I'd asked to view only empty properties. There were several along the Left Bank: deep-roomed apartments overlooking the river; mansion flats with roof gardens; penthouses with parquet floors.
With some regret, I rejected them all, though I couldn't resist picking up a couple of useful items on the way. A magazine, stillin its wrapper, containing the customer number of its intended recipient; several circulars; and at one place, gold: a banker's card in the name of Amélie Deauxville, which needs nothing but a phone call for me to activate.
I left the girl my mobile number. The phone account belongs to Noëlle Marcelin, whose identity I acquired some months ago. Her payments are quite up-to-date—the poor woman died last year, aged ninety-four—but it means that anyone tracing my calls will have some difficulty finding me. My Internet account, too, is in her name and remains fully paid up. Noëlle is too precious for me to lose. But she will never be my main identity. For a start, I don't want to be ninety-four. And I'm tired of getting all those advertisements for stairlifts.
My last public persona was Françoise Lavery, a teacher of English at the Lycée Rousseau in the eleventh. Age thirty-two; born in Nantes; married and widowed in the same year to Raoul Lavery, killed in a car crash on the eve of their anniversary—a rather romantic touch, I thought, that explained her faint air of melancholy. A strict vegetarian, rather shy, diligent, but not talented enough to be a threat. All in all, a nice girl—which just goes to show you should never judge by appearances.
Today, however, I'm someone else. Twenty-five thousand euros is no small sum, and there's always the chance that someone will begin to suspect the truth. Most people don't—most people wouldn't notice a crime if it was going on right in front of them—but I haven't got this far by taking risks, and I've found that it's safer to stay on the move.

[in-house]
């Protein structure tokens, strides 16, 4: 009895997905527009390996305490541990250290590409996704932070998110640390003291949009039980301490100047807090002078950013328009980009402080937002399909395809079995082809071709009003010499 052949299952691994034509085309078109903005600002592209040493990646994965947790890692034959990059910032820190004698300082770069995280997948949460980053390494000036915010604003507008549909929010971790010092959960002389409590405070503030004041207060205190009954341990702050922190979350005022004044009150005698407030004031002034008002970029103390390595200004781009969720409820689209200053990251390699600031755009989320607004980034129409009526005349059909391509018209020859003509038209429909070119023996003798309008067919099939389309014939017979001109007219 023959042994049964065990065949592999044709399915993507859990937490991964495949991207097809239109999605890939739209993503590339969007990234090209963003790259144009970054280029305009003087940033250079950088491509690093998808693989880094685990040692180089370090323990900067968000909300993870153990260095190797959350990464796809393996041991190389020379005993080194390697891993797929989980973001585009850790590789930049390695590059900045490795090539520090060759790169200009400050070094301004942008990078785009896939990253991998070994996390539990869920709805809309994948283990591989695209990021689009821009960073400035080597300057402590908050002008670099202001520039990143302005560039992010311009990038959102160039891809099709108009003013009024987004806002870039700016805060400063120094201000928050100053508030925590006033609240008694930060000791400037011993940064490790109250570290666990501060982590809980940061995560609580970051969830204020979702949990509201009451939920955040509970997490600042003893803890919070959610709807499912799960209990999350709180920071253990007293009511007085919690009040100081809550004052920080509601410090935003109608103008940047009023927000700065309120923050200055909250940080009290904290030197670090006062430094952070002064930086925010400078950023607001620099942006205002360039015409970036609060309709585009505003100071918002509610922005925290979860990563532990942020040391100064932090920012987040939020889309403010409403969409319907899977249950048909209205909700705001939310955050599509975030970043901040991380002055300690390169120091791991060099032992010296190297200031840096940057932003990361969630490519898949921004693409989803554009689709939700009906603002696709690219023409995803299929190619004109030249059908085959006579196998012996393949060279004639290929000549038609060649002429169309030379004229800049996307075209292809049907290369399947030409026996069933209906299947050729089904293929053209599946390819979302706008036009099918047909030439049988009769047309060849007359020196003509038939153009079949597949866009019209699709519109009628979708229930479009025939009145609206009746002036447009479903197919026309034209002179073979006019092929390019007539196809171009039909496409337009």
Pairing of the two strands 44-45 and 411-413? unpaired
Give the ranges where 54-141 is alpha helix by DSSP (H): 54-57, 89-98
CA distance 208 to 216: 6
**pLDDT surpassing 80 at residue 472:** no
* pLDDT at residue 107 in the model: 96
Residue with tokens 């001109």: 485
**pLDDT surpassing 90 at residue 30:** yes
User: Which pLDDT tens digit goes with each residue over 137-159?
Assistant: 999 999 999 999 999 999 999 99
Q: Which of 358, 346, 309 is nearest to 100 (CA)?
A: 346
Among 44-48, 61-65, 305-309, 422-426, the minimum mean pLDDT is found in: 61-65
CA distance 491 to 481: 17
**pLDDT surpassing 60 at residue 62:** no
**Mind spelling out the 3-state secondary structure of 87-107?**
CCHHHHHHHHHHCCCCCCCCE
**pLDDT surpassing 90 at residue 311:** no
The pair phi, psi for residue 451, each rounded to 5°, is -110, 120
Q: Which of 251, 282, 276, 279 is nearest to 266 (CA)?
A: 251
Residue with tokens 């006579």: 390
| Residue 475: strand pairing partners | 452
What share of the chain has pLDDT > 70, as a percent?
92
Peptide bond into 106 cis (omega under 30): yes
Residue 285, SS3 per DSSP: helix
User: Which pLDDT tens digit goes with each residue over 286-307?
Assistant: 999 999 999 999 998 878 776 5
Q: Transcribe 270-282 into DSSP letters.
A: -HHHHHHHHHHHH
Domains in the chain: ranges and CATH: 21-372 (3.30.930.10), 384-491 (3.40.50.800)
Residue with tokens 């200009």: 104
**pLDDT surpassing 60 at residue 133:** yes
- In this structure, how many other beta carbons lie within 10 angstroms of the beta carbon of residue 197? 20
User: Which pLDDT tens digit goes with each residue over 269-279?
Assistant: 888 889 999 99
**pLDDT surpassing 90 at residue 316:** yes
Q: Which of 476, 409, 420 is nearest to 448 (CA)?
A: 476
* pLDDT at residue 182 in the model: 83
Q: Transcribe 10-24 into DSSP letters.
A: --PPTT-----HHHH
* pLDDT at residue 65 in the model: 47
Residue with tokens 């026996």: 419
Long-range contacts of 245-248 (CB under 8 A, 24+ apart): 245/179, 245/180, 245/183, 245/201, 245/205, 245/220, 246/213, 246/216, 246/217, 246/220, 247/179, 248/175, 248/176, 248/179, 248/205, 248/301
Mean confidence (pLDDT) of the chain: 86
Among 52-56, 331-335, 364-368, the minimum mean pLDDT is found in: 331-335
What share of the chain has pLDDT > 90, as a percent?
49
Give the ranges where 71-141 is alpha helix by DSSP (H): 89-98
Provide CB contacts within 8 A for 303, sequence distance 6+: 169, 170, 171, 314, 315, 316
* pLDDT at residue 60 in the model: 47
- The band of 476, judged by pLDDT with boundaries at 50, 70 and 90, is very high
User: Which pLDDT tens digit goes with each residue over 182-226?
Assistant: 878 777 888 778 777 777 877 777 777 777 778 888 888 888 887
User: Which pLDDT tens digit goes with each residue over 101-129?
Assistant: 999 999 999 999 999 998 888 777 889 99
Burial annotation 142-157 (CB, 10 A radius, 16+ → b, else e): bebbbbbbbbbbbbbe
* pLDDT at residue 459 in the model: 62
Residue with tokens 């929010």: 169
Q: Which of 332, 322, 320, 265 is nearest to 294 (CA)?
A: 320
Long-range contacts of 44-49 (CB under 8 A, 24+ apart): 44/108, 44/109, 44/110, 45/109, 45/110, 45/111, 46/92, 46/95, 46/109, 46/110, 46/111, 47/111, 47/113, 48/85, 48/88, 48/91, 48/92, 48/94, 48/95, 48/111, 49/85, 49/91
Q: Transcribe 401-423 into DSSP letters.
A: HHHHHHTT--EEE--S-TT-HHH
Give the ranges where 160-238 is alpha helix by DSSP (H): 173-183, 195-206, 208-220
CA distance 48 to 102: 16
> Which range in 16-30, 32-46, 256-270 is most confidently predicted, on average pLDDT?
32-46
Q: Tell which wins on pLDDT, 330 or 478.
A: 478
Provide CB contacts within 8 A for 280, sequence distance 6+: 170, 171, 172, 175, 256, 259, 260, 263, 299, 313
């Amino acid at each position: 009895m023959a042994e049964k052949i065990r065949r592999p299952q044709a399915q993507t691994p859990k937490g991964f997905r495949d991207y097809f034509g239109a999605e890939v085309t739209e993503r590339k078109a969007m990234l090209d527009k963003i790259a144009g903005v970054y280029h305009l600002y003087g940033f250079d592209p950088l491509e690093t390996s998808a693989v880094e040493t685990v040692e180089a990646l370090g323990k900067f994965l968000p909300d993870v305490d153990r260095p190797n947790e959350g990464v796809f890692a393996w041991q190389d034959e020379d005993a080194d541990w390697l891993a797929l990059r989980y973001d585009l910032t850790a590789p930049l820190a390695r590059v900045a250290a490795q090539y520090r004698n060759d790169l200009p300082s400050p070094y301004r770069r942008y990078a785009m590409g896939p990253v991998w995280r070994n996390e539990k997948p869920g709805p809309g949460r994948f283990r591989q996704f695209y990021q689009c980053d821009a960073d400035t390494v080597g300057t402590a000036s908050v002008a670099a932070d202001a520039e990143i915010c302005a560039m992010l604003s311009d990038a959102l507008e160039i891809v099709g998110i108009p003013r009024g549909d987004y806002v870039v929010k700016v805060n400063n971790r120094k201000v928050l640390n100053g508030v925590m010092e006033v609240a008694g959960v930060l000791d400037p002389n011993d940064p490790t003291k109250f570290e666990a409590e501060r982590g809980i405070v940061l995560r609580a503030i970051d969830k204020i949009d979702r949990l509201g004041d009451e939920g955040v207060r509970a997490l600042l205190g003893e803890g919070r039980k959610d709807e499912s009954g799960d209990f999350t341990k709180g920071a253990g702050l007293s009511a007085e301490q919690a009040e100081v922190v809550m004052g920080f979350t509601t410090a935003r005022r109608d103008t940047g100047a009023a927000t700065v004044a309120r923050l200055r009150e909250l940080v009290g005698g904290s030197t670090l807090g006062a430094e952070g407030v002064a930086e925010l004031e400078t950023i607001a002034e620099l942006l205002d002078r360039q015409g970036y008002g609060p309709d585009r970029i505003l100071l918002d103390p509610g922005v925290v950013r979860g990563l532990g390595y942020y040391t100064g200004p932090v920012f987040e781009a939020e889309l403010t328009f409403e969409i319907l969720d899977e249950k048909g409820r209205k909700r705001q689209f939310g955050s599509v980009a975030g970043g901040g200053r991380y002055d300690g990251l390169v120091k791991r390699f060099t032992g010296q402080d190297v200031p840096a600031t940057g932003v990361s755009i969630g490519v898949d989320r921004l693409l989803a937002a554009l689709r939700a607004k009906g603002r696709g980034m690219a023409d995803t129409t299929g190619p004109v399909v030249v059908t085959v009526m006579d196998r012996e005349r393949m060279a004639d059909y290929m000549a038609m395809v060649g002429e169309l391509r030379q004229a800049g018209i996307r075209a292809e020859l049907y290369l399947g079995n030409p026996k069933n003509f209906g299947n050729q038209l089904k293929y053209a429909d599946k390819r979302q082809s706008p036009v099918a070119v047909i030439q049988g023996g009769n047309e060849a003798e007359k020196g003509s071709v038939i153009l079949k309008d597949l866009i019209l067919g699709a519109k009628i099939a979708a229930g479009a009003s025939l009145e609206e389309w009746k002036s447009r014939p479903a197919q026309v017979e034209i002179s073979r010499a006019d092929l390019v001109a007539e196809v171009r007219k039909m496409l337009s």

So I travellight—a battered leather case and a Sony laptop containing the makings of over a hundred possible identities—and I can be packed, cleaned out, all traces gone in rather less than an afternoon.
That's how Françoise disappeared. I burned her papers, correspondence, bank details, notes. I closed all accounts in her name. Books, clothes, furniture, and the rest I gave to the Croix Rouge. It never pays to gather moss.
After that I needed to find myself anew. I booked into a cheap hotel, paid on Amélie's credit card, changed out of Emma's clothes, and went shopping.
Françoise was a dowdy type, sensible heels and neat chignons. My new persona, however, has a different style. Zozie de l'Alba is her name—she is vaguely foreign, though you might be hard-pressed to tell her country of origin. She's as flamboyant as Françoise was not—wears costume jewelry in her hair; loves bright colors and frivolous shapes; favors bazaars and vintage shops, and would never be seen dead in sensible shoes.
The change was neatly executed. I entered a shop as Françoise Lavery, in a gray twinset and a string of fake pearls. Ten minutes later, I left as someone else.The Girl with No Shadow. Copyright ? by Joanne Harris. Reprinted by permission of HarperCollins Publishers, Inc. All rights reserved. Available now wherever books are sold.